Saturday, January 19, 2008

Ghost Dance

‘All Indians must dance, everywhere, keep on dancing. Pretty soon in next spring Great Spirit come… All dead Indians come back and live again. They all be strong just like young men, be young again. Old blind Indian see again and get young and have fine time. When Great Spirit comes this way, then all the Indians go to mountains, high up away from whites. Whites can't hurt Indians then. Then while Indians way up high, big flood comes like water and all white people die, get drowned. After that. water go way and then nobody but Indians everywhere and game all kinds thick. Then medicine man tell Indians to send word to all Indians to keep up dancing and the good time will come’ (Wovoka, the ‘Paiute Messiah’).

In the wake of military defeats and conquest, millenarian hopes of divine intervention spread among the desperate Native American survivors of the West in the 19th century. The most widespread movement was the Ghost Dance, at the heart of which was the hope that a better world could be brought into being through dance. In 1870, a prophet called Wodziwob amongst the Northern Paiute people (who lived on the California/Nevada border) told of a vision that the ancestors would return on a train, the whites would disappear and heaven would be created on earth. ‘These miracles were to be hastened by ceremonial dancing around a pole and by singing the songs that Wodziwob had learned during a vision’ (Farb). Although the movement faded away, it was revived twenty years later by Wovoka the prophet, son of an assistant of Wodziwob. In his vision he was told by God ‘about a dance that the people must perform to bring the dead Indians back to life again, for the dance generated energy that had the power to move the dead’ (Farb).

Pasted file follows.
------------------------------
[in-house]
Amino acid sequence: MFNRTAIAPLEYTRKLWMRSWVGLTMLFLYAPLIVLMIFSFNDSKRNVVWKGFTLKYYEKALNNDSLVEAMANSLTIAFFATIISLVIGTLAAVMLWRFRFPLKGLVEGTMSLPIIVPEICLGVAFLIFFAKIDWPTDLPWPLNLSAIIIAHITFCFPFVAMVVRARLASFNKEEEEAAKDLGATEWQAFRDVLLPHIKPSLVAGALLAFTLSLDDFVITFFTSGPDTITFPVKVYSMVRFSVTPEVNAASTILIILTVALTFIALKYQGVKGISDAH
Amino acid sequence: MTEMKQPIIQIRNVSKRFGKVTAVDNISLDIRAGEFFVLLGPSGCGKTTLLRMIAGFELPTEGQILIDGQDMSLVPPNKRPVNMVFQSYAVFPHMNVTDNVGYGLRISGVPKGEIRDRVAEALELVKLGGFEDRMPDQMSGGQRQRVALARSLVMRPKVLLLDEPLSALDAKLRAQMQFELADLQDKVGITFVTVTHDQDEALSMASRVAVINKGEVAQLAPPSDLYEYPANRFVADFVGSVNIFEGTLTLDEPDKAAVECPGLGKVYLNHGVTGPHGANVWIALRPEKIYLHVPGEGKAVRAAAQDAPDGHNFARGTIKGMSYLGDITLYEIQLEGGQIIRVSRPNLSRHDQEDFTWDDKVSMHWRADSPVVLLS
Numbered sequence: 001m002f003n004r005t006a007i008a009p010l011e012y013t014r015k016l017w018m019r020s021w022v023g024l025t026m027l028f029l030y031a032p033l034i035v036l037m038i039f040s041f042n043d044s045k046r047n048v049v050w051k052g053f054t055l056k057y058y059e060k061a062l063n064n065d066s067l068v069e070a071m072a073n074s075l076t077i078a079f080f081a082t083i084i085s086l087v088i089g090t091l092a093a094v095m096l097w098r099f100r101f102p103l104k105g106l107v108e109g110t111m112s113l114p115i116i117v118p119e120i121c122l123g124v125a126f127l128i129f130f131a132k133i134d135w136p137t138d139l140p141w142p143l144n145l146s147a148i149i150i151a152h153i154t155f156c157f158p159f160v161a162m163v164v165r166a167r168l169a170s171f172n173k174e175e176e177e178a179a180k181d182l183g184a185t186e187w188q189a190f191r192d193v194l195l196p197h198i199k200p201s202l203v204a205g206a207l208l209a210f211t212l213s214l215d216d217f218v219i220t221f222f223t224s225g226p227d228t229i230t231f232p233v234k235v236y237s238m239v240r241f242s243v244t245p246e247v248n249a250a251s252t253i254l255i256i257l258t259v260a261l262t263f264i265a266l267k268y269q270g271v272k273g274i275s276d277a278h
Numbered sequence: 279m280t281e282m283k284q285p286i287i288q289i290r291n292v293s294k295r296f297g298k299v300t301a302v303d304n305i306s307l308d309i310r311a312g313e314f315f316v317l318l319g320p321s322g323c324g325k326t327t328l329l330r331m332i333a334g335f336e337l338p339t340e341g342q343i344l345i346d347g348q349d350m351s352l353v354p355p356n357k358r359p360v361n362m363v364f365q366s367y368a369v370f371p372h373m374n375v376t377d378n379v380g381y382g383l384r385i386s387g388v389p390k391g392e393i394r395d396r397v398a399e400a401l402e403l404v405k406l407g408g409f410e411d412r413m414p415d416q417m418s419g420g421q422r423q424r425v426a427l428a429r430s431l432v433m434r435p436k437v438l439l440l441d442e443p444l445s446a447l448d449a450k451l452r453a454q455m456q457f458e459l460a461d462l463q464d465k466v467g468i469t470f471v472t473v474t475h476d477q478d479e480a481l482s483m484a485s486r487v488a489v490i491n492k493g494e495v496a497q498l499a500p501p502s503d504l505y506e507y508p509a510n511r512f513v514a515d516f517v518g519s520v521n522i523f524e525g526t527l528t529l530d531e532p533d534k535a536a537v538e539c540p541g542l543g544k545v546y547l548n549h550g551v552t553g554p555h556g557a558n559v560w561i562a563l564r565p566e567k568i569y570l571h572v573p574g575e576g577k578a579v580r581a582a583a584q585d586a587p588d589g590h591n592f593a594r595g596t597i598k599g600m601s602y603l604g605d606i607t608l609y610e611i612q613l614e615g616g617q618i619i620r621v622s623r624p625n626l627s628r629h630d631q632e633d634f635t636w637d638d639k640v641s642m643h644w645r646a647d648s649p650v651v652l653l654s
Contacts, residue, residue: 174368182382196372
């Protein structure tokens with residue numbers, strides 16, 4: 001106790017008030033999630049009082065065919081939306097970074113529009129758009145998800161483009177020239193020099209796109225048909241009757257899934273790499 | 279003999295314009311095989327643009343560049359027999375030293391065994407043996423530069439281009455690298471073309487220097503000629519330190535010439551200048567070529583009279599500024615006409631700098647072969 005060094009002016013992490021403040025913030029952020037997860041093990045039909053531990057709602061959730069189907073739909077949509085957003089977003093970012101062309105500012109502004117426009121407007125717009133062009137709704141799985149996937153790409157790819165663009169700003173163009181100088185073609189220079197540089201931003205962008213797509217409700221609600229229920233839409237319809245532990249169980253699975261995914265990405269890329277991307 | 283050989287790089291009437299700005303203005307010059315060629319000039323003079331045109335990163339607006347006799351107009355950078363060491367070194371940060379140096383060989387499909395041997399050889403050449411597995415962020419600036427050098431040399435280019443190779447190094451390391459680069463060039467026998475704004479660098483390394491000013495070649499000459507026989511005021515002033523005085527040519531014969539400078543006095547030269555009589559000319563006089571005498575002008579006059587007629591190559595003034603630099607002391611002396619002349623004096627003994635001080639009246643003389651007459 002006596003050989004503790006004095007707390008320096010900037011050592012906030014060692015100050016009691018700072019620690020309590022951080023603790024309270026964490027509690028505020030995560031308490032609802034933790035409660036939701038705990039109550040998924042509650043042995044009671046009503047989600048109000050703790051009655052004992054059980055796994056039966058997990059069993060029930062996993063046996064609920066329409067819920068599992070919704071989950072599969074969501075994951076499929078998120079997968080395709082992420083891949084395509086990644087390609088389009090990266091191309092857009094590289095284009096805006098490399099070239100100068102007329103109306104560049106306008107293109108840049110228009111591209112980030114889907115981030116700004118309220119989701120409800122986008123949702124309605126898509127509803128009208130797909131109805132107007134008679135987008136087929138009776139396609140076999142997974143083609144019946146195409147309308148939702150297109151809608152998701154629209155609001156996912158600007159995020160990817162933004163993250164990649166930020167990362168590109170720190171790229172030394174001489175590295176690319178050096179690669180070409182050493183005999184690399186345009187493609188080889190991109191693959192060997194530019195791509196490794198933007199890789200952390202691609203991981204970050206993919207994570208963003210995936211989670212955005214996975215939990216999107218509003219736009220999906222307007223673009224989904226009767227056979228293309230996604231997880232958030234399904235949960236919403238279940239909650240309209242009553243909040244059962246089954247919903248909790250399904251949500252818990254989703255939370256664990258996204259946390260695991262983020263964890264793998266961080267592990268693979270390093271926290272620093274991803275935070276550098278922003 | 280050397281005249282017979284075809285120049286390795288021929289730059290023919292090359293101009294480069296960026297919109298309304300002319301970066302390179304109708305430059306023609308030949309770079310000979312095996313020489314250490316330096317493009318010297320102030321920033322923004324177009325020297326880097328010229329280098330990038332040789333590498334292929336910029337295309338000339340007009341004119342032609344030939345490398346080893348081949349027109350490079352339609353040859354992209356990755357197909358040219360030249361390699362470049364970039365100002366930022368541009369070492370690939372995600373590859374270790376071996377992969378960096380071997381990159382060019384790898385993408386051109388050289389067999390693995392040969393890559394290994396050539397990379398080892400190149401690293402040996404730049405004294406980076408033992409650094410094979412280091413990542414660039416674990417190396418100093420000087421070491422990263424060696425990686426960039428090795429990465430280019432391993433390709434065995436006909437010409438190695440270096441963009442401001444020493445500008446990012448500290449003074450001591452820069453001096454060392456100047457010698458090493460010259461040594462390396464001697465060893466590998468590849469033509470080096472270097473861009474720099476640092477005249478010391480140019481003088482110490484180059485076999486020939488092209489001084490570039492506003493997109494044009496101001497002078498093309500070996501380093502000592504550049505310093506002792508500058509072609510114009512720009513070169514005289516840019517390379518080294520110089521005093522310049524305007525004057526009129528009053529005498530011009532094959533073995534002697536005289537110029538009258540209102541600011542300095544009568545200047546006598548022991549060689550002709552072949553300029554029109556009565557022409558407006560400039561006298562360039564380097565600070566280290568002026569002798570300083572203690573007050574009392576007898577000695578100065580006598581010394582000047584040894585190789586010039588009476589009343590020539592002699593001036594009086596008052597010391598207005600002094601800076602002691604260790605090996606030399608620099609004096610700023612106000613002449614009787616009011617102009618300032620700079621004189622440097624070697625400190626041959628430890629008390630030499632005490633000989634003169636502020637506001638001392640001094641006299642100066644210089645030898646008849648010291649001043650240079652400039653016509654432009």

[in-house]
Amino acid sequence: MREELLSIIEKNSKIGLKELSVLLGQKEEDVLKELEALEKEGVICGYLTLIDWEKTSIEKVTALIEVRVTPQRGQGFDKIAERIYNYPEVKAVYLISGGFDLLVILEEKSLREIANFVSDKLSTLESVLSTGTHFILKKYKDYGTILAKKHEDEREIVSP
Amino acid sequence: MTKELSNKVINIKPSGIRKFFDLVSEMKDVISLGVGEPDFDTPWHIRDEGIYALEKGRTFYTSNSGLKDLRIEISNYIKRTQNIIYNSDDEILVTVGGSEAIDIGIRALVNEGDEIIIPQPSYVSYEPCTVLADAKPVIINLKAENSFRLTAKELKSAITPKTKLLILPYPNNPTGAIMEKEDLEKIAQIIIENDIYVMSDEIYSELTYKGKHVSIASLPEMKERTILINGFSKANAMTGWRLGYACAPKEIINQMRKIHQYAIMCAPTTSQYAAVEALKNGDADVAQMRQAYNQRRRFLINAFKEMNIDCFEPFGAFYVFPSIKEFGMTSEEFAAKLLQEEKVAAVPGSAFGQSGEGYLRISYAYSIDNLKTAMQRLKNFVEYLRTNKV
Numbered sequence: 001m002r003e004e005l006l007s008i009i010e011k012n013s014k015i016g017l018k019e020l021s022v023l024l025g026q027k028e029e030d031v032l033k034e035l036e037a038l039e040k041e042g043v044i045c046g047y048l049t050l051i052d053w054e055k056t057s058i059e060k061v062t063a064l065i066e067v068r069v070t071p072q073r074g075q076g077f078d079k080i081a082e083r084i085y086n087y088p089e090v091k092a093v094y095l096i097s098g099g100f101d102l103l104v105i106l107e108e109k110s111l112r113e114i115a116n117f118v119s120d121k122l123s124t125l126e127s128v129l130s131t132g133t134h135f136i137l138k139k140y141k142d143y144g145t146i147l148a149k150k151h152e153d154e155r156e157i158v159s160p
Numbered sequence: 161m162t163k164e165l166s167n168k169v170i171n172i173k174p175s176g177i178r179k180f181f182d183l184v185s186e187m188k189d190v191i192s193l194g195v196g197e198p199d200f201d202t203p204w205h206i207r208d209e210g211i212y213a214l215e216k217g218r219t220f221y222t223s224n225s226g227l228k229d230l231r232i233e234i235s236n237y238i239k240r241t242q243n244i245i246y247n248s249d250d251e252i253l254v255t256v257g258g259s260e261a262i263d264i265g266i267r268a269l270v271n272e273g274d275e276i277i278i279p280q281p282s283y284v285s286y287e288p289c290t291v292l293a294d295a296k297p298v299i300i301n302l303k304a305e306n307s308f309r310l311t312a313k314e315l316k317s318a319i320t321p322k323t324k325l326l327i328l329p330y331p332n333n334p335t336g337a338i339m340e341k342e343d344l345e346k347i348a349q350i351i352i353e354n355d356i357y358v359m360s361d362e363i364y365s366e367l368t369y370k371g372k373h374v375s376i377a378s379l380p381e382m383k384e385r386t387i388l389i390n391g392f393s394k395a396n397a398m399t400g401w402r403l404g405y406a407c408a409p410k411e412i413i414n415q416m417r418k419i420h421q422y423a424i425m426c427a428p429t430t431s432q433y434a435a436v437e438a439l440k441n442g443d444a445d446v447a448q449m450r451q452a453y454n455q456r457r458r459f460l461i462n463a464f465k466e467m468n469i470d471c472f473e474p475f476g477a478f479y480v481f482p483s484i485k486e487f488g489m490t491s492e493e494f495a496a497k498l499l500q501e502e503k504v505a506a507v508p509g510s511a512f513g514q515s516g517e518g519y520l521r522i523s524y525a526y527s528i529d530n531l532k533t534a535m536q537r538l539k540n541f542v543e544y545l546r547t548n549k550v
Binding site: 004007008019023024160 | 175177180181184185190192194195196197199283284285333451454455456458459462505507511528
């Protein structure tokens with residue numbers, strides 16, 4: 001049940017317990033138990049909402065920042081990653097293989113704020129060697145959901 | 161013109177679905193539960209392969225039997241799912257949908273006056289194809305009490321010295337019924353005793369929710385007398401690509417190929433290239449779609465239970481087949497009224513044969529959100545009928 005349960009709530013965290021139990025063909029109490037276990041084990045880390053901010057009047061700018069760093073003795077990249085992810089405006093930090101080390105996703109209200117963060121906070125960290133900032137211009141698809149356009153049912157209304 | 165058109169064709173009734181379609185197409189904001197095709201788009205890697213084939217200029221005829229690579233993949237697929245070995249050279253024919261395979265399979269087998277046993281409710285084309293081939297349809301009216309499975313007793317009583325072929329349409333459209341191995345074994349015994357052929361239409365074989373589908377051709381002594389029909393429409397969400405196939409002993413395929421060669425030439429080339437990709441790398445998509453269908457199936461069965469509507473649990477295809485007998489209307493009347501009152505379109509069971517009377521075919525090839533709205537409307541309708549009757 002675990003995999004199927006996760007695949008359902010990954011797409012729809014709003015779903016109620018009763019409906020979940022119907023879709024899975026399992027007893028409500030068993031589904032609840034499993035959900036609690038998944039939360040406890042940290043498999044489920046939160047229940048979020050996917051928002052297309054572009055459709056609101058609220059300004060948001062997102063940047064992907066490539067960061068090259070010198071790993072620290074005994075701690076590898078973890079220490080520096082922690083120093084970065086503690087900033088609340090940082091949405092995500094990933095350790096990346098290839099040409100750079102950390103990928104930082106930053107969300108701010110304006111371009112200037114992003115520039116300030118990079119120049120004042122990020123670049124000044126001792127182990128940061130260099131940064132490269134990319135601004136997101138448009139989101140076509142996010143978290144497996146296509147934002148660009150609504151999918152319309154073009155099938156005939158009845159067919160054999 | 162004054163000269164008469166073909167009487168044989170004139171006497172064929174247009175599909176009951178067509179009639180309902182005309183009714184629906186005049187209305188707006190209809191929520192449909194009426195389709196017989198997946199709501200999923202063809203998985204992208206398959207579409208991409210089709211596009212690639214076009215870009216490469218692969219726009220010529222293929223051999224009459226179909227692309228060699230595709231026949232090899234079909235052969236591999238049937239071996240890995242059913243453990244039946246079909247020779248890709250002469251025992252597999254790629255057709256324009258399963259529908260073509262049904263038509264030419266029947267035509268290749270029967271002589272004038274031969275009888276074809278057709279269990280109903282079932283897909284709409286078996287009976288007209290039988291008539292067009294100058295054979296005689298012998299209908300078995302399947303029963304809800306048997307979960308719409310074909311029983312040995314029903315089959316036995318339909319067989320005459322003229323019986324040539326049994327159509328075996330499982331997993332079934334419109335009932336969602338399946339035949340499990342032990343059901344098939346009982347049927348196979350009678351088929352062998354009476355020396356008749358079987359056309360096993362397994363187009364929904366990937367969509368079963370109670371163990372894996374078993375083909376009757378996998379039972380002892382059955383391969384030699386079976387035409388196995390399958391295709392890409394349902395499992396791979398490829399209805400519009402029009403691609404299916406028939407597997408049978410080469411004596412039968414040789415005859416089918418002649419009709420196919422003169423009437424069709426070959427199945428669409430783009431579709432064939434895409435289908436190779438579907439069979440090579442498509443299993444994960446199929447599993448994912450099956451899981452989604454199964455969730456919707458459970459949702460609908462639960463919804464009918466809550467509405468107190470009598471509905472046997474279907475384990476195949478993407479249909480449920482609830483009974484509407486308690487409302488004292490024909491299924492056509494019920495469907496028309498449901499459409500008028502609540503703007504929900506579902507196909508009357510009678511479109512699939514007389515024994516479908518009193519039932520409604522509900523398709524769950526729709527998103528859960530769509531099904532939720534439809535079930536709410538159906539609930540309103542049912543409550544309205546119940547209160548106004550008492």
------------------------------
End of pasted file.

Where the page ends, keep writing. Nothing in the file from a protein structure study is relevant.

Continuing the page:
The dance spread quickly to the Cheyenne, the Sioux and many other tribes. Some wore ‘ghost shirts – dance shirts fancifully decorated with designs of arrows, stars, birds, and so forth’ believing that they could ward off bullets. In 1890 Kicking Bear and his brother Short Bull brought news of the movement to Sitting Bull of the Sioux. Kicking Bear told of a vision he had of Christ: ‘Kicking Bear had always thought that Christ was a white man like the missionaries, but this man looked· like an Indian. After a while he rose and spoke to the waiting crowd. ..”I will teach you how to dance a dance, and I want you to dance it. Get ready for your dance and when the dance is over I will talk to you”… They danced the Dance of the Ghosts until late at night, when the Messiah told them they had danced enough.’ (Brown)

“By mid-November Ghost Dancing was so prevalent on the Sioux re­servations that almost all other activities came to a halt. No pupils appeared at the schoolhouses. The trading stores were empty, no work was done on the little farms. At Pine Ridge the frightened agent tele­graphed Washington: 'Indians are dancing in the snow and are wild and crazy ... We need protection and we need it now. The leaders should be arrested and confined at some military post until tbe matter is quieted and this should be done at once’.'' (Brown)

Orders were given to arrest leaders of the movement, and on December 15 1890, Sitting Bull was killed during an attempted arrest. Two weeks later at Wounded Knee Creek a group of Ghost Dance believers – 120 men and 230 women and children – were surrounded by the US military. They opened fire indiscriminately, killing between 150 and 250 people. It was the last stand of the Ghost Dance.

Sources: Man’s Rise to Civilisation – Peter Farb (1969); Bury my Heart at Wounded Knee – Dee Brown (1970). See also: Comanche Sun Dance.

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